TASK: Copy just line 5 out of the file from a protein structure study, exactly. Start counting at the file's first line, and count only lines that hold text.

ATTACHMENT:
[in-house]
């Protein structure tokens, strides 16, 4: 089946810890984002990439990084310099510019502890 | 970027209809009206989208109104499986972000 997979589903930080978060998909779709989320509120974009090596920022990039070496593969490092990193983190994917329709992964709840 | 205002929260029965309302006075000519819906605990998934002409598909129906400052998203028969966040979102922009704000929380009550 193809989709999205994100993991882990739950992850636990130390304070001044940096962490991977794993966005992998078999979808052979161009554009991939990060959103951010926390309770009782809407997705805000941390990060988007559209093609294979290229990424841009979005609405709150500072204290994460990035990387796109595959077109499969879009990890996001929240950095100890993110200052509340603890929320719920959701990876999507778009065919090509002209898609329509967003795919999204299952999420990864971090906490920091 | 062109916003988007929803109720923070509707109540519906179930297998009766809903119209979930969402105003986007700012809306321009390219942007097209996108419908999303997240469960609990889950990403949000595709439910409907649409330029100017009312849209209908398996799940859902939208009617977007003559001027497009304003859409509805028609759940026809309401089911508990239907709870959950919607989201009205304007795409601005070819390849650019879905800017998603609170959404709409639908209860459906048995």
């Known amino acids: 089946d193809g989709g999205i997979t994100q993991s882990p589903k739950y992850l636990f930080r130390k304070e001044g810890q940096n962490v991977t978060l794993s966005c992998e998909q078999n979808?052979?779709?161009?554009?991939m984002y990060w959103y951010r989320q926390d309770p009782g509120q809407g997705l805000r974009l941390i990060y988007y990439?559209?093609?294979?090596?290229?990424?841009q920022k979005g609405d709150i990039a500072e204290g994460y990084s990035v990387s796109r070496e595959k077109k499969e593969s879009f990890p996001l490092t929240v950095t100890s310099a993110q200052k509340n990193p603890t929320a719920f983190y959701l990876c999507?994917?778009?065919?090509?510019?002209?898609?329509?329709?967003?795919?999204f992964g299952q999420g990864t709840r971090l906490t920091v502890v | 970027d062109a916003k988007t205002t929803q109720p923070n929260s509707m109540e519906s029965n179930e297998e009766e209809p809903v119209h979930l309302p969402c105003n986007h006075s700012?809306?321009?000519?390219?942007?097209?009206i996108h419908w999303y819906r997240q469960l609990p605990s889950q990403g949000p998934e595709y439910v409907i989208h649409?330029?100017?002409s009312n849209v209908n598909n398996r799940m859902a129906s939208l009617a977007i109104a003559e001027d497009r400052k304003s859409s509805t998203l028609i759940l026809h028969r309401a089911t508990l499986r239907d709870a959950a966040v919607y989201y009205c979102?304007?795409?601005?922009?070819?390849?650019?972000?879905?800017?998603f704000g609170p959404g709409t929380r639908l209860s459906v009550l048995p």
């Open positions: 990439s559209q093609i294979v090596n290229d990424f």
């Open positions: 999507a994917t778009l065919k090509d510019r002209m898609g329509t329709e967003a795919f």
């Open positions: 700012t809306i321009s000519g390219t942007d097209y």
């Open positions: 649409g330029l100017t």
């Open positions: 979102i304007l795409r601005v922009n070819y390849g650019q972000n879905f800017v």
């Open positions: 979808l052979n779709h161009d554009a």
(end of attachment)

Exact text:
């Open positions: 999507a994917t778009l065919k090509d510019r002209m898609g329509t329709e967003a795919f």